It doesn’t matter what you call it: an elevator pitch; business presentation; company introduction – if you are telling other people about yourself or your business you’re making a presentation. And that, in turn, is another way of saying that you’re offering a gift. Will others want it? This is where it gets tricky.
We quite often use this metaphor of gift-giving as a way of implying punishment. “I’ll give him what for.” “I’ll give her a piece of my mind.” “I’ll give him h*ll.” “She’ll get a real dressing down.” “Now he’s in for it.” “She’s asking for trouble.”
So how can we ensure that the gift of ourselves is well received instead?
The first step is to make every effort to find out what your audience wants. Politicians seem to have long ago given up on principle: instead they find out what the voters want and do their best to give it to them. So, too, should you find out what your potential clients want. Don’t tell them what you can do in your terms but in theirs. So ” We’re a training organisation” becomes “Our goal is to help you achieve organisational excellence by getting the best out of your biggest asset, your staff.” You can fillet your potential information set into multiple smaller sets, each best suited to a specific audience. So plan what you’re going to talk about.
Now prepare it in detail. Make sure you’re talking their language – using the terminology and images that matter to them and their way of business. No matter how appealing you find Rover, there’s no good raving about dogs if your clients want cats. Where you can, support your opinions with facts: hard figures or other people’s recommendations. Prepare your materials; your visual aids – it’s much easier to see or better to touch a product – than to have to visualise it from words – yourself and your environment. Check out whether you can be seen and heard from all around the room.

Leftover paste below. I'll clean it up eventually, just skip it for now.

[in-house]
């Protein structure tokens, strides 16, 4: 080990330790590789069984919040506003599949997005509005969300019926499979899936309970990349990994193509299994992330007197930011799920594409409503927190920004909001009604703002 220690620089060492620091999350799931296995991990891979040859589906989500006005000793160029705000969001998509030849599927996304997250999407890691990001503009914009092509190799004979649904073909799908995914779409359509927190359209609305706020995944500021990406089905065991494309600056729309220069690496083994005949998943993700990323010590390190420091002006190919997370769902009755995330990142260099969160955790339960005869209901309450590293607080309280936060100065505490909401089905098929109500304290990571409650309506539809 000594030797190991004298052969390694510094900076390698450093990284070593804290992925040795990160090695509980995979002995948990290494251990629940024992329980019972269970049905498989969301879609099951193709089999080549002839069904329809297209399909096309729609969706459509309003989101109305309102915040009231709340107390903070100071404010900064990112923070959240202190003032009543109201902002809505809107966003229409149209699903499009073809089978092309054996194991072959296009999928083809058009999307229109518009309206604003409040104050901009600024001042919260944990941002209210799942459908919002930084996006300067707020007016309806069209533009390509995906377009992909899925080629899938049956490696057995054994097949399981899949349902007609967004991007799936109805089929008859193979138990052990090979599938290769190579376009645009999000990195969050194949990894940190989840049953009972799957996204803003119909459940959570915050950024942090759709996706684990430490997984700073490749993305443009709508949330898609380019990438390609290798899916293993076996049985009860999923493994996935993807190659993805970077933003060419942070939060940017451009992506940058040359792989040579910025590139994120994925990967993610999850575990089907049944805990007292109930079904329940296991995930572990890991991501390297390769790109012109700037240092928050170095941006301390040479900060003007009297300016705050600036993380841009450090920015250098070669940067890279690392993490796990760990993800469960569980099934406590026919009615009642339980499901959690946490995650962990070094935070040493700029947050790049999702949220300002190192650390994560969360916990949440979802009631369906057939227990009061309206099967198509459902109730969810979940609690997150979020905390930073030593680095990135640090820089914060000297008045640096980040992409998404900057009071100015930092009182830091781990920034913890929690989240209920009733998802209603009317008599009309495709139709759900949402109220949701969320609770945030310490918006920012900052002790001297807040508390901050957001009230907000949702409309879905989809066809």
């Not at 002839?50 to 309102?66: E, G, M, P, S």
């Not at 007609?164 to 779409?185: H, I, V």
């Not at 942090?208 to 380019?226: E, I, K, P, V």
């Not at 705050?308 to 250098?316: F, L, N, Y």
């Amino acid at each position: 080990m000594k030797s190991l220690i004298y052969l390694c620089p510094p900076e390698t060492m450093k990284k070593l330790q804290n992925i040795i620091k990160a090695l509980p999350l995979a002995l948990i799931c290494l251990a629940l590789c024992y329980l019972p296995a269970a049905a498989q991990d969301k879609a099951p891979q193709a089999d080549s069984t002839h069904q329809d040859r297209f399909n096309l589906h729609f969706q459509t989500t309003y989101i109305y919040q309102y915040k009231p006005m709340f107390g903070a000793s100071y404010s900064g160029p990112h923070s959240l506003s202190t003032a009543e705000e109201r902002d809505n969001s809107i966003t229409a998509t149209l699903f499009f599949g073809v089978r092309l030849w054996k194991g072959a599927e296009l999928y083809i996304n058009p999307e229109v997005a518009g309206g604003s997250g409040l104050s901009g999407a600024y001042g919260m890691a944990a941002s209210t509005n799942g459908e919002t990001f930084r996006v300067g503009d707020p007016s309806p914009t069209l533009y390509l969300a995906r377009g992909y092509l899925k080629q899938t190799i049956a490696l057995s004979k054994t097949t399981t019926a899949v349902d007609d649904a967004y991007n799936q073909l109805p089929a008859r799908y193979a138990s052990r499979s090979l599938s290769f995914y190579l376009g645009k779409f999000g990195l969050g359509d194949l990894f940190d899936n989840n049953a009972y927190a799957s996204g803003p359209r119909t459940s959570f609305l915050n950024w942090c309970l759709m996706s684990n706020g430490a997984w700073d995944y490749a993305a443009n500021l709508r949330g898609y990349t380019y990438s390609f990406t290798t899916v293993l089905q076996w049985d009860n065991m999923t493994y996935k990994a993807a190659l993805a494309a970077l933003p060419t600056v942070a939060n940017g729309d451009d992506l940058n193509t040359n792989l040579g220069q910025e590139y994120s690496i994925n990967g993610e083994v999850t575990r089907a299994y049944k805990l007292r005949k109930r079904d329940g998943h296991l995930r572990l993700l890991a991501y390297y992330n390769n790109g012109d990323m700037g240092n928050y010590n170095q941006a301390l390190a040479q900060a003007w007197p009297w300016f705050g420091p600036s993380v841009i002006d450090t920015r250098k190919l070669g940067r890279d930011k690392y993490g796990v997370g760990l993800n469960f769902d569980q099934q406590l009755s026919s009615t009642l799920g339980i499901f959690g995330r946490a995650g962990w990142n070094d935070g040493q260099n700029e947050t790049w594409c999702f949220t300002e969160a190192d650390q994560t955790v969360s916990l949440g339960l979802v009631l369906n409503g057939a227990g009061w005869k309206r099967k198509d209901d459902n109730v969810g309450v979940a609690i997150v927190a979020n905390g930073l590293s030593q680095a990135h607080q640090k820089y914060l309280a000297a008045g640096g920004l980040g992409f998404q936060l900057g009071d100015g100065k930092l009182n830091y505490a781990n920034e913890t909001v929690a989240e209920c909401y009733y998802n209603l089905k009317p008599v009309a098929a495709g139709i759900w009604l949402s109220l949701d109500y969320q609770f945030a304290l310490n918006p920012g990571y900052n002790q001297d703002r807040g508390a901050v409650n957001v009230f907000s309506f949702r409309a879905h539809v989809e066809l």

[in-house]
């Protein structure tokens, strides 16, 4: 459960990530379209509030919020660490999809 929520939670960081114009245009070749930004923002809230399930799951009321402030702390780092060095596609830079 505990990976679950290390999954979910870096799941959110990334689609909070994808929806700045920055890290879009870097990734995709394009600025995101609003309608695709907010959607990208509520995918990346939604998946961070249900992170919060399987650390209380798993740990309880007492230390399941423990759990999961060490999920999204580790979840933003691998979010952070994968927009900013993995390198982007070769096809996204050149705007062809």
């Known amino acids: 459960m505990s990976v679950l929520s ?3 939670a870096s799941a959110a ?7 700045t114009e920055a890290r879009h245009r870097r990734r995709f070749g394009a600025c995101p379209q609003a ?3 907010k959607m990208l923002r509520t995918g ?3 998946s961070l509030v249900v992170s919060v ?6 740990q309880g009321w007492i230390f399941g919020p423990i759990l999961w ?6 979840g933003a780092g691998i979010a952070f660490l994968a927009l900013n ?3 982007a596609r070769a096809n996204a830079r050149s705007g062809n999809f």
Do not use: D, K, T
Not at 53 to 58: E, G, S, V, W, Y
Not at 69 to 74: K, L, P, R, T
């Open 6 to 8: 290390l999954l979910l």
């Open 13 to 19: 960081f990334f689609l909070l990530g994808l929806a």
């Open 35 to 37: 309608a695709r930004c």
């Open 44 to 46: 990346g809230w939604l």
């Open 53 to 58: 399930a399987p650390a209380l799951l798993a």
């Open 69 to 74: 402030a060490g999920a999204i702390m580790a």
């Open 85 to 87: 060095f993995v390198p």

Finally, practise what you’ve planned and prepared. This doesn’t mean you have to memorise a set script: far better to know your topic well enough that you can improvise, but you’ll probably find it helpful to create reminders in the shape of .ppt slides or equivalents. Make sure you’ve practised using your technology so that it doesn’t phase you and that you have a backup strategy for when all else fails.
Now you should be ready to relax. Whatever nerves are left will keep you on your toes and maybe provide that sparkle of energy that can be so contagious that your listeners want to hear more. Don’t be frightened of boring them. Instead, remember that you are offering them solutions to problems they may be finding inscrutable. You’ve thought about those problems and worked out solutions.
You’re not just presenting yourself you’re presenting them with the ways in which working with you is going to make their lives better.
If you want a little more help then:
- If you’re Merseyside-based ring us on 0151 285 3656 to arrange a free 1-hour review of any upcoming presentation you are working on. Quote WPMarch17.
- Go to Amazon to download our coursebook. At just 99p it’s a snip.